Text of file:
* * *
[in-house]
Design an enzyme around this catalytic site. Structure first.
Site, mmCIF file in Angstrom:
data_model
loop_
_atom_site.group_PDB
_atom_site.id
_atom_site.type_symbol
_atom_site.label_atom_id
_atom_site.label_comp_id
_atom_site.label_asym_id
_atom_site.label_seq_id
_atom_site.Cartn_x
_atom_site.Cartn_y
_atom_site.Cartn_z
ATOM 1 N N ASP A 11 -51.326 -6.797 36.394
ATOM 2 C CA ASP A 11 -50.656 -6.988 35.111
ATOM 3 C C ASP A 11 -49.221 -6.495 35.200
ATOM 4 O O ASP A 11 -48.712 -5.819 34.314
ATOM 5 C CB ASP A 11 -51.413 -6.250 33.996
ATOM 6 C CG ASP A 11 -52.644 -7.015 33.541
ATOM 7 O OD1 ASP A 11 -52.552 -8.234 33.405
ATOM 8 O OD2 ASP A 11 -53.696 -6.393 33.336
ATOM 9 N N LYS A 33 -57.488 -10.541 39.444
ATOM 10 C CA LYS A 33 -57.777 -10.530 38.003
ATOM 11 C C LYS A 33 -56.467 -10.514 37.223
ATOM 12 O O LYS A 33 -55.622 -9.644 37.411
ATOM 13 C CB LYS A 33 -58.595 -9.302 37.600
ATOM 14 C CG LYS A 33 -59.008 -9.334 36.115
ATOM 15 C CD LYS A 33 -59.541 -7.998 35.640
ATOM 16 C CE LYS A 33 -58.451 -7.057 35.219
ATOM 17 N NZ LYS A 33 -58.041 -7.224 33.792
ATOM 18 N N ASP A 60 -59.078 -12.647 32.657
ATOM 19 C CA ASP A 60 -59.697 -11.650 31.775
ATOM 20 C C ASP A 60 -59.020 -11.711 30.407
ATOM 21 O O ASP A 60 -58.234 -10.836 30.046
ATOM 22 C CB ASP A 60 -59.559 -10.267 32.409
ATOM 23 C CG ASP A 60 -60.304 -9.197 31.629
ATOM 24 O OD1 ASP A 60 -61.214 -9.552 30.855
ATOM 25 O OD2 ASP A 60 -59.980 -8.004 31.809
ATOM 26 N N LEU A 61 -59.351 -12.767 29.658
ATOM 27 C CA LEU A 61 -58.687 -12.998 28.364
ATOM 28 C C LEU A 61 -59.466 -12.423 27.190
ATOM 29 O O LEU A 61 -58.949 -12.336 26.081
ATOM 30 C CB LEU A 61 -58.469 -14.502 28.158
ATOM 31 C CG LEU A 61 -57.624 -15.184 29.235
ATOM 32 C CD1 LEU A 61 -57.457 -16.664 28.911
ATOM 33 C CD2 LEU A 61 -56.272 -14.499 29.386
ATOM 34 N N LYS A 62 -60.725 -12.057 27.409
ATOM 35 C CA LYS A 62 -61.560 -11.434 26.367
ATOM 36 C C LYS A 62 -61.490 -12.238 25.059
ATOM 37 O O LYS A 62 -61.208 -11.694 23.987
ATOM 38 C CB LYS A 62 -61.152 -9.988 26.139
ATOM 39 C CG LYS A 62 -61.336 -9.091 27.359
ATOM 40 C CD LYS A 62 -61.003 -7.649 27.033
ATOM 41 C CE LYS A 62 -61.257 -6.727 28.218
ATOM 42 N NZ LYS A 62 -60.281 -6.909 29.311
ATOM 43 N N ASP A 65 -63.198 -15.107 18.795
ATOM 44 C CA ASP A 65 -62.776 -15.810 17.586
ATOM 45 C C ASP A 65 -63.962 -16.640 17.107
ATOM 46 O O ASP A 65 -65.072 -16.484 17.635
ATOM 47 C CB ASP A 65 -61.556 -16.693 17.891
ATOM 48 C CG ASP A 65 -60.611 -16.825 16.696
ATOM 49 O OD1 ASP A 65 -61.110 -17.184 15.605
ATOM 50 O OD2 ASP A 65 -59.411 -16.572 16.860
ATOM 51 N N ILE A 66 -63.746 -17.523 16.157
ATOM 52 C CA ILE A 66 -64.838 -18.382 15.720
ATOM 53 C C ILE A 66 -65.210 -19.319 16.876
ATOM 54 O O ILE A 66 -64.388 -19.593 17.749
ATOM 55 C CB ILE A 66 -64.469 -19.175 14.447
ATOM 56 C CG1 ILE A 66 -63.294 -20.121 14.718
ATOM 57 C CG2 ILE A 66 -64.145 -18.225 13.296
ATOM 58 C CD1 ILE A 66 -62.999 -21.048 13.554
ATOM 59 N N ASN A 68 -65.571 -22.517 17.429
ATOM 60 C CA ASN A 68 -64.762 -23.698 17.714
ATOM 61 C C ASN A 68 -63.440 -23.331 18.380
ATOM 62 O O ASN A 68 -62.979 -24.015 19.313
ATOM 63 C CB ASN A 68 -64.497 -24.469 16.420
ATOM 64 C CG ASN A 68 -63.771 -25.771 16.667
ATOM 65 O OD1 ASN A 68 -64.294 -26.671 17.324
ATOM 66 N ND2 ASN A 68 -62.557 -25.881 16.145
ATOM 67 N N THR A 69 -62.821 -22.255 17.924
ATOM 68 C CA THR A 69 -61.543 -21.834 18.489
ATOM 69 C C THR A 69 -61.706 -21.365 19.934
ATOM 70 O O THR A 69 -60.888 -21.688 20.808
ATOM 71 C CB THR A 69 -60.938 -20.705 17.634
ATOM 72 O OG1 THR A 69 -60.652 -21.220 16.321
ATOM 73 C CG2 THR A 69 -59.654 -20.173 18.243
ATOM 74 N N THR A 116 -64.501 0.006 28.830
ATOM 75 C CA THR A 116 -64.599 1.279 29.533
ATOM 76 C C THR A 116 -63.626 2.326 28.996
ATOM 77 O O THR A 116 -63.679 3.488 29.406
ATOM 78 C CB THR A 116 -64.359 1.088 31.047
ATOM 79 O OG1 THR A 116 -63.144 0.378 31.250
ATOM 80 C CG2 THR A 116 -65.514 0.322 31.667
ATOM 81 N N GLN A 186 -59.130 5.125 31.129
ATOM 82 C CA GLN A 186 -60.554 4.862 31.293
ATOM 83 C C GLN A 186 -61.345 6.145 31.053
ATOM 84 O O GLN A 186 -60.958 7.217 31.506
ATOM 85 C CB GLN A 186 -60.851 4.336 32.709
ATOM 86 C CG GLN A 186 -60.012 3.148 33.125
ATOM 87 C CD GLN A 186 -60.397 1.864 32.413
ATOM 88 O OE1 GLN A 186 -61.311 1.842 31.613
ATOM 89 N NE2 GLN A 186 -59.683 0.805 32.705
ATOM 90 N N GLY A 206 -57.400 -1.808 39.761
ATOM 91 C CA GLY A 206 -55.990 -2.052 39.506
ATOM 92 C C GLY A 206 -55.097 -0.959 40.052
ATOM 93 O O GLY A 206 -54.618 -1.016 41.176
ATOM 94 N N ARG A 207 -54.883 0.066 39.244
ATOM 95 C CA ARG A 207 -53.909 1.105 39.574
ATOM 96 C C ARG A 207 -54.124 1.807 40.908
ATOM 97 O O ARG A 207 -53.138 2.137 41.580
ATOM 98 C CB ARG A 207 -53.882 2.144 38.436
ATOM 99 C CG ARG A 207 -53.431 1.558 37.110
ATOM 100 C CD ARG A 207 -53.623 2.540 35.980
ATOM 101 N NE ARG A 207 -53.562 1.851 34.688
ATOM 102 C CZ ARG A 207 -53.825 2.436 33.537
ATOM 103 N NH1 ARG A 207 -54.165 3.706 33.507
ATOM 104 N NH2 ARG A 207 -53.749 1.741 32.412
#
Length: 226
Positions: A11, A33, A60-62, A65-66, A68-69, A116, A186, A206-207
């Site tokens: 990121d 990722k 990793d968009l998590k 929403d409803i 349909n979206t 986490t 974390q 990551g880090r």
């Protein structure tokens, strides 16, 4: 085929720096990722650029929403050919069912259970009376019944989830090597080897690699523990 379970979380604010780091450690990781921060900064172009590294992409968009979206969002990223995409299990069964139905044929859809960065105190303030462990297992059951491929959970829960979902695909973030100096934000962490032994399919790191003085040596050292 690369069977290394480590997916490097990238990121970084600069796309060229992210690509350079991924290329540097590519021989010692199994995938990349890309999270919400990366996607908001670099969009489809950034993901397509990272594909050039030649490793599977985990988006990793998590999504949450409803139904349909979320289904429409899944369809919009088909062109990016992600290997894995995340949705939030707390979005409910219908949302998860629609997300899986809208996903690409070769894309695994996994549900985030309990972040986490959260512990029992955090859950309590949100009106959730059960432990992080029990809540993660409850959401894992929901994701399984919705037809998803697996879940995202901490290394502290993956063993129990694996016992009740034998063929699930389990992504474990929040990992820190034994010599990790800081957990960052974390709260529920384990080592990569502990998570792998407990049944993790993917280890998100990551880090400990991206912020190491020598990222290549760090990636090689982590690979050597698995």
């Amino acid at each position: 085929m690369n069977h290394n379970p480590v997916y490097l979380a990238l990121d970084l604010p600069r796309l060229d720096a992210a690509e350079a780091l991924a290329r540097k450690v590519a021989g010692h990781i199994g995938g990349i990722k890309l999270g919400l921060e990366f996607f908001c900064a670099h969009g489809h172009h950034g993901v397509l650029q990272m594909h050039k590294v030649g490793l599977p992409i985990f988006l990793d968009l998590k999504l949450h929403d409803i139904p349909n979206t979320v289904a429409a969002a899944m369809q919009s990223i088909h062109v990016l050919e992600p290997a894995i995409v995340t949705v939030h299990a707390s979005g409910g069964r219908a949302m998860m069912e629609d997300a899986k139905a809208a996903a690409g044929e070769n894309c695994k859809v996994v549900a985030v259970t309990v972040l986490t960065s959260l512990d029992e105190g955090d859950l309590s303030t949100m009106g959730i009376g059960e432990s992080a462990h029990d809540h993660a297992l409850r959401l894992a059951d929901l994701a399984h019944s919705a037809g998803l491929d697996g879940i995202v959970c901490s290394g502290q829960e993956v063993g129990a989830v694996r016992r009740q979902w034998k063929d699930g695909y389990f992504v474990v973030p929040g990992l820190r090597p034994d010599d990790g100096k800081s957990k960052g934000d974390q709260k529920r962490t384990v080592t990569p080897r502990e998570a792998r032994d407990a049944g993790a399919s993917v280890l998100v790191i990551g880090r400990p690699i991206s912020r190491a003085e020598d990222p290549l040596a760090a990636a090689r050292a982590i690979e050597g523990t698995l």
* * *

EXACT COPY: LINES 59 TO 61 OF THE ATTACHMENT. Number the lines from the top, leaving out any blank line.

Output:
ATOM 44 C CA ASP A 65 -62.776 -15.810 17.586
ATOM 45 C C ASP A 65 -63.962 -16.640 17.107
ATOM 46 O O ASP A 65 -65.072 -16.484 17.635